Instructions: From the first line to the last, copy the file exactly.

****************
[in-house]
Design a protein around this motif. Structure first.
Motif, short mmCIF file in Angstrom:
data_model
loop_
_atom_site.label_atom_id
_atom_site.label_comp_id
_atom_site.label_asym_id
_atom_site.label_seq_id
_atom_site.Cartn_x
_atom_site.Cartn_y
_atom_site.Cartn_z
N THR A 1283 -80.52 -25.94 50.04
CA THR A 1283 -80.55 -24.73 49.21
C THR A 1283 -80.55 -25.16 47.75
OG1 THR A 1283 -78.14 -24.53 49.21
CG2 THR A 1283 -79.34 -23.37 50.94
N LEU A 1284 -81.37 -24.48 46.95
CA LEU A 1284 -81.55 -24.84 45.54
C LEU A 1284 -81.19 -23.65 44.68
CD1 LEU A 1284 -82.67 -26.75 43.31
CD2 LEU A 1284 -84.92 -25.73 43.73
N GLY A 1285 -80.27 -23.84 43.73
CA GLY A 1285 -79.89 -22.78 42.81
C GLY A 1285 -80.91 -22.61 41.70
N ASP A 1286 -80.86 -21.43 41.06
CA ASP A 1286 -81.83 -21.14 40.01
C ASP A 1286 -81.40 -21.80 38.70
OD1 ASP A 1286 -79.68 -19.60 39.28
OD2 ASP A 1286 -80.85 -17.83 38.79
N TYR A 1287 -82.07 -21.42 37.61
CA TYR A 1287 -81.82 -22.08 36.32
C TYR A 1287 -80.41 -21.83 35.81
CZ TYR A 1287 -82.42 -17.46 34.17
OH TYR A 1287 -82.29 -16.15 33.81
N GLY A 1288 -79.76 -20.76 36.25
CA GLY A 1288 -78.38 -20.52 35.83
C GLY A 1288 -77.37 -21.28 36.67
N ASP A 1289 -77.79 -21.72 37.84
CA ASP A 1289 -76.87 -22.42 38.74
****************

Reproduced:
[in-house]
Design a protein around this motif. Structure first.
Motif, short mmCIF file in Angstrom:
data_model
loop_
_atom_site.label_atom_id
_atom_site.label_comp_id
_atom_site.label_asym_id
_atom_site.label_seq_id
_atom_site.Cartn_x
_atom_site.Cartn_y
_atom_site.Cartn_z
N THR A 1283 -80.52 -25.94 50.04
CA THR A 1283 -80.55 -24.73 49.21
C THR A 1283 -80.55 -25.16 47.75
OG1 THR A 1283 -78.14 -24.53 49.21
CG2 THR A 1283 -79.34 -23.37 50.94
N LEU A 1284 -81.37 -24.48 46.95
CA LEU A 1284 -81.55 -24.84 45.54
C LEU A 1284 -81.19 -23.65 44.68
CD1 LEU A 1284 -82.67 -26.75 43.31
CD2 LEU A 1284 -84.92 -25.73 43.73
N GLY A 1285 -80.27 -23.84 43.73
CA GLY A 1285 -79.89 -22.78 42.81
C GLY A 1285 -80.91 -22.61 41.70
N ASP A 1286 -80.86 -21.43 41.06
CA ASP A 1286 -81.83 -21.14 40.01
C ASP A 1286 -81.40 -21.80 38.70
OD1 ASP A 1286 -79.68 -19.60 39.28
OD2 ASP A 1286 -80.85 -17.83 38.79
N TYR A 1287 -82.07 -21.42 37.61
CA TYR A 1287 -81.82 -22.08 36.32
C TYR A 1287 -80.41 -21.83 35.81
CZ TYR A 1287 -82.42 -17.46 34.17
OH TYR A 1287 -82.29 -16.15 33.81
N GLY A 1288 -79.76 -20.76 36.25
CA GLY A 1288 -78.38 -20.52 35.83
C GLY A 1288 -77.37 -21.28 36.67
N ASP A 1289 -77.79 -21.72 37.84
CA ASP A 1289 -76.87 -22.42 38.74